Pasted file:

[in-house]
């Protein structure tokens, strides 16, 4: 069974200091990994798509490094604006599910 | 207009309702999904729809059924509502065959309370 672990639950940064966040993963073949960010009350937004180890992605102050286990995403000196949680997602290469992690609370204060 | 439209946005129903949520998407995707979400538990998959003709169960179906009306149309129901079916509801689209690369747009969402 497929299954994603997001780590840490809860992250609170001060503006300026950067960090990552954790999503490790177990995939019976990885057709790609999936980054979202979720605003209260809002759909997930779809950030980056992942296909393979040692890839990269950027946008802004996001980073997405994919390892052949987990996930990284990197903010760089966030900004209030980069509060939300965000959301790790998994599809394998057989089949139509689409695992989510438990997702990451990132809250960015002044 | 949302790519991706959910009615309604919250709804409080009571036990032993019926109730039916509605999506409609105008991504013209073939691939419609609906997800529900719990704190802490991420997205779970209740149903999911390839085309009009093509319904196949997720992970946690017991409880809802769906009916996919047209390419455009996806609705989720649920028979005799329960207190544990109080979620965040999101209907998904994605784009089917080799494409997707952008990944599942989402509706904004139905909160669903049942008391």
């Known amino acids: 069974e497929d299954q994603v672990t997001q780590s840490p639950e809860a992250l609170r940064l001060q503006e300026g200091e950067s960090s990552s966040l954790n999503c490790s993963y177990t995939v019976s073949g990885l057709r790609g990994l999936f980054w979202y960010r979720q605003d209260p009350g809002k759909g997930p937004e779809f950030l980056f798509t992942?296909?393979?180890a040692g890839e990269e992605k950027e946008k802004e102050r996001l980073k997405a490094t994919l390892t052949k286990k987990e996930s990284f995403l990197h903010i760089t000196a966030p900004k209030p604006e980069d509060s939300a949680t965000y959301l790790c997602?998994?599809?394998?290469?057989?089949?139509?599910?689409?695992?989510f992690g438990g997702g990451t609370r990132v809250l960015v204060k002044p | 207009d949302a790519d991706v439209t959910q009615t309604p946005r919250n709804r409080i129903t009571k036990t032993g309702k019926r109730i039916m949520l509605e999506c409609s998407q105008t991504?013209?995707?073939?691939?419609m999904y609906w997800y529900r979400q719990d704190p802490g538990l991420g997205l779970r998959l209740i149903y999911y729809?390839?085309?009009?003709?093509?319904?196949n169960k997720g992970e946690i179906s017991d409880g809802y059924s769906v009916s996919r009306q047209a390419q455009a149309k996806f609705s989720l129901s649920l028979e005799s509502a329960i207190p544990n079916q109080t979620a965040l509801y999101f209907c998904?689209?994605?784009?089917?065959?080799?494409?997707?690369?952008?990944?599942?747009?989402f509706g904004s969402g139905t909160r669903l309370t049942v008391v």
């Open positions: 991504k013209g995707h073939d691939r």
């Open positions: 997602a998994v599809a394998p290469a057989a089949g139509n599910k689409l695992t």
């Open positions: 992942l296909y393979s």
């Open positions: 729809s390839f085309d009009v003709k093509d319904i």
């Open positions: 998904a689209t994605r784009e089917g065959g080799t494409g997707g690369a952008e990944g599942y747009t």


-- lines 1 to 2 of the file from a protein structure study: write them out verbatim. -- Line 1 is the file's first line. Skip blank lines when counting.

[in-house]
């Protein structure tokens, strides 16, 4: 069974200091990994798509490094604006599910 | 207009309702999904729809059924509502065959309370 672990639950940064966040993963073949960010009350937004180890992605102050286990995403000196949680997602290469992690609370204060 | 439209946005129903949520998407995707979400538990998959003709169960179906009306149309129901079916509801689209690369747009969402 497929299954994603997001780590840490809860992250609170001060503006300026950067960090990552954790999503490790177990995939019976990885057709790609999936980054979202979720605003209260809002759909997930779809950030980056992942296909393979040692890839990269950027946008802004996001980073997405994919390892052949987990996930990284990197903010760089966030900004209030980069509060939300965000959301790790998994599809394998057989089949139509689409695992989510438990997702990451990132809250960015002044 | 949302790519991706959910009615309604919250709804409080009571036990032993019926109730039916509605999506409609105008991504013209073939691939419609609906997800529900719990704190802490991420997205779970209740149903999911390839085309009009093509319904196949997720992970946690017991409880809802769906009916996919047209390419455009996806609705989720649920028979005799329960207190544990109080979620965040999101209907998904994605784009089917080799494409997707952008990944599942989402509706904004139905909160669903049942008391």